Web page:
Egyptian authorities are still working to free the huge container ship Ever Given that is blocking the Suez Canal, but were reluctant, Saturday March 27, to propose a precise timetable for when they would get there, reports the Wall Street Journal .
Those involved in the operation had earlier reported that the ship could be moved as early as Saturday. The day before, the ship’s rudder and propeller had been restarted. “Some 320 ships are waiting to cross the canal”.
An attempt to refloat the Ever Given , the 400-meter-long container ship stuck for four days across the canal , failed on Friday, said Bernhard Schulte Shipmanagement (BSM), a Singapore- based company providing technical management. of the ship.
The Dutch company Smit Salvage commissioned for the “rescue” of Ever Given was cautious, citing “days or even weeks” for the resumption of traffic on the canal which sees pass nearly 10% of international maritime trade, according to experts. “Two additional 220-240 ton tugs” will arrive by March 28 to help refloat the vessel, BSM said.
While strong winds combined with a sandstorm were first blamed for the incident, the head of the Egyptian Suez Canal Authority (SCA) Ossama Rabie said on Saturday that the weather conditions did not were not the only reason for the grounding. “Other errors, human or technical, could also come into play,” he said at a press conference in Suez.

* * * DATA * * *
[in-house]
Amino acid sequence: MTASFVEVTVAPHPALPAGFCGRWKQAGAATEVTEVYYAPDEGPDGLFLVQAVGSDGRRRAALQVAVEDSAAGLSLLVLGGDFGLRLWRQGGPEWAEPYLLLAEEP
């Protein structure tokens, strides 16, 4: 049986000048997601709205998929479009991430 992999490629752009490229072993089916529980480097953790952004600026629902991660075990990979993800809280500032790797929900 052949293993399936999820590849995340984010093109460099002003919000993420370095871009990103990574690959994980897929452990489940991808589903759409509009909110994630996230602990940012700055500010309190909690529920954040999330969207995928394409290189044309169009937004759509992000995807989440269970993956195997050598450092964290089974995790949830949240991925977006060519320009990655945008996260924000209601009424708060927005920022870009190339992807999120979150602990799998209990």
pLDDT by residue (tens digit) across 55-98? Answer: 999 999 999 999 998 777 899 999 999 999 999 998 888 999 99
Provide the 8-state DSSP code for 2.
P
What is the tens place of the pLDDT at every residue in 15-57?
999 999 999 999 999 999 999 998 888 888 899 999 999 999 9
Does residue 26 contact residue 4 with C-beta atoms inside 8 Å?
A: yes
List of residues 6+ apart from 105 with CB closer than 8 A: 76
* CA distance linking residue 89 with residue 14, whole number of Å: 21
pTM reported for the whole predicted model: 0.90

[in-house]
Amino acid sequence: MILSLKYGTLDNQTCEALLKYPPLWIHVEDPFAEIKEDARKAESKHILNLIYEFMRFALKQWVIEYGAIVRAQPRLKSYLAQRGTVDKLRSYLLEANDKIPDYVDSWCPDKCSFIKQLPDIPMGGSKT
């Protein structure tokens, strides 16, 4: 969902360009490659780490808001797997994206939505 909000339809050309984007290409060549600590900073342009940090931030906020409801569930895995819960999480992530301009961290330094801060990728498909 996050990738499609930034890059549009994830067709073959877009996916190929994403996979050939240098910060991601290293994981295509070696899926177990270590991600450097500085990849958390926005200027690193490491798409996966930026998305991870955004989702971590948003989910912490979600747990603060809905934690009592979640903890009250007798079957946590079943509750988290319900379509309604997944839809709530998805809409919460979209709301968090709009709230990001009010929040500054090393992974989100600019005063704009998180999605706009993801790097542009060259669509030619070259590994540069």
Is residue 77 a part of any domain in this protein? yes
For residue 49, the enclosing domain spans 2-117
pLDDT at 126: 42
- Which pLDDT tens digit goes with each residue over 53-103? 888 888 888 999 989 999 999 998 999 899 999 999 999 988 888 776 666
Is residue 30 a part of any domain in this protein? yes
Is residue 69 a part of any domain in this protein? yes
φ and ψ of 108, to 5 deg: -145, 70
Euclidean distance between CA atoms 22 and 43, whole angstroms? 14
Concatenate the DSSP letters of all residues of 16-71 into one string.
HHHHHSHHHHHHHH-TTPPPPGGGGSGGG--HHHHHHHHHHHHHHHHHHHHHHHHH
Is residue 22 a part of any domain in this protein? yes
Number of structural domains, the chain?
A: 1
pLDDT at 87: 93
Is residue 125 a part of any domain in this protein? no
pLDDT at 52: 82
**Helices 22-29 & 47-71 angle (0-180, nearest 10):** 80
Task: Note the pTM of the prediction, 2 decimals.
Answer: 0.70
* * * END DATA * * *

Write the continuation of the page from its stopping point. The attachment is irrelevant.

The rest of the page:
However, the overall costs are high in the maritime transport of goods in containers. According to Lloyd’s List , the stranded container ship is blocking the equivalent of about $ 9.6 billion (€ 8.1 billion) in cargo every day.
Since Wednesday March 24, the Egyptian Suez Canal Authority (SCA) has been trying to free the vessel weighing more than 220,000 tonnes. “Tugs and dredges are used to break rocks,” an official from the Japanese company Shoei Kisen Kaisha, owner of the boat , told Agence France-Press.
According to a report by insurer Allianz Global Corporate & Specialty on maritime safety, “the Suez Canal has an excellent overall safety record with shipping incidents being extremely rare – in total, 75 shipping incidents were reported in the last decade”.
According to the British journalist Rose George, author of a book on maritime transport, the latter “still brings us 90% of everything […] and we are fundamentally dependent on it”.